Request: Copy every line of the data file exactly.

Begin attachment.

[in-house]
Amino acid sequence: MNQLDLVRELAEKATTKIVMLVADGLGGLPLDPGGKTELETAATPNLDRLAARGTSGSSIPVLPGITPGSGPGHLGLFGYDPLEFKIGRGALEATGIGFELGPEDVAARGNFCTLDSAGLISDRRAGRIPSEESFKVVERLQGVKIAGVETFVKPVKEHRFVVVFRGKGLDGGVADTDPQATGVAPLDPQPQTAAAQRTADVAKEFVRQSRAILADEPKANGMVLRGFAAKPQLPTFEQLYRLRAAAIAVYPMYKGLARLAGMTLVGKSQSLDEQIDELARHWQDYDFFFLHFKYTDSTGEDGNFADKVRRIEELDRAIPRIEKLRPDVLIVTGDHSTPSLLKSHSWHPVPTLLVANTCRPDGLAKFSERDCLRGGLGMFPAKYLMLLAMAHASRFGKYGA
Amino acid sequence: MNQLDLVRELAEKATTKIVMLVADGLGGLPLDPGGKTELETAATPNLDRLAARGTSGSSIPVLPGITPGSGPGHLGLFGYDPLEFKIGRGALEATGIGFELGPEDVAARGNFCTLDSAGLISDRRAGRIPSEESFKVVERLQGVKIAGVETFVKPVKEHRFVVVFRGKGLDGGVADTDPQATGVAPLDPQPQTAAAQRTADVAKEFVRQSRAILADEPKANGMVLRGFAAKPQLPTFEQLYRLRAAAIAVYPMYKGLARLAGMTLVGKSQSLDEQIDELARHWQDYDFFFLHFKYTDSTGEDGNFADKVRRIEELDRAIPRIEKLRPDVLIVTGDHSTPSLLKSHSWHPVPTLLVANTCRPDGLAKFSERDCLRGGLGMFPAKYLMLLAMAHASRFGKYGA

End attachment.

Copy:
[in-house]
Amino acid sequence: MNQLDLVRELAEKATTKIVMLVADGLGGLPLDPGGKTELETAATPNLDRLAARGTSGSSIPVLPGITPGSGPGHLGLFGYDPLEFKIGRGALEATGIGFELGPEDVAARGNFCTLDSAGLISDRRAGRIPSEESFKVVERLQGVKIAGVETFVKPVKEHRFVVVFRGKGLDGGVADTDPQATGVAPLDPQPQTAAAQRTADVAKEFVRQSRAILADEPKANGMVLRGFAAKPQLPTFEQLYRLRAAAIAVYPMYKGLARLAGMTLVGKSQSLDEQIDELARHWQDYDFFFLHFKYTDSTGEDGNFADKVRRIEELDRAIPRIEKLRPDVLIVTGDHSTPSLLKSHSWHPVPTLLVANTCRPDGLAKFSERDCLRGGLGMFPAKYLMLLAMAHASRFGKYGA
Amino acid sequence: MNQLDLVRELAEKATTKIVMLVADGLGGLPLDPGGKTELETAATPNLDRLAARGTSGSSIPVLPGITPGSGPGHLGLFGYDPLEFKIGRGALEATGIGFELGPEDVAARGNFCTLDSAGLISDRRAGRIPSEESFKVVERLQGVKIAGVETFVKPVKEHRFVVVFRGKGLDGGVADTDPQATGVAPLDPQPQTAAAQRTADVAKEFVRQSRAILADEPKANGMVLRGFAAKPQLPTFEQLYRLRAAAIAVYPMYKGLARLAGMTLVGKSQSLDEQIDELARHWQDYDFFFLHFKYTDSTGEDGNFADKVRRIEELDRAIPRIEKLRPDVLIVTGDHSTPSLLKSHSWHPVPTLLVANTCRPDGLAKFSERDCLRGGLGMFPAKYLMLLAMAHASRFGKYGA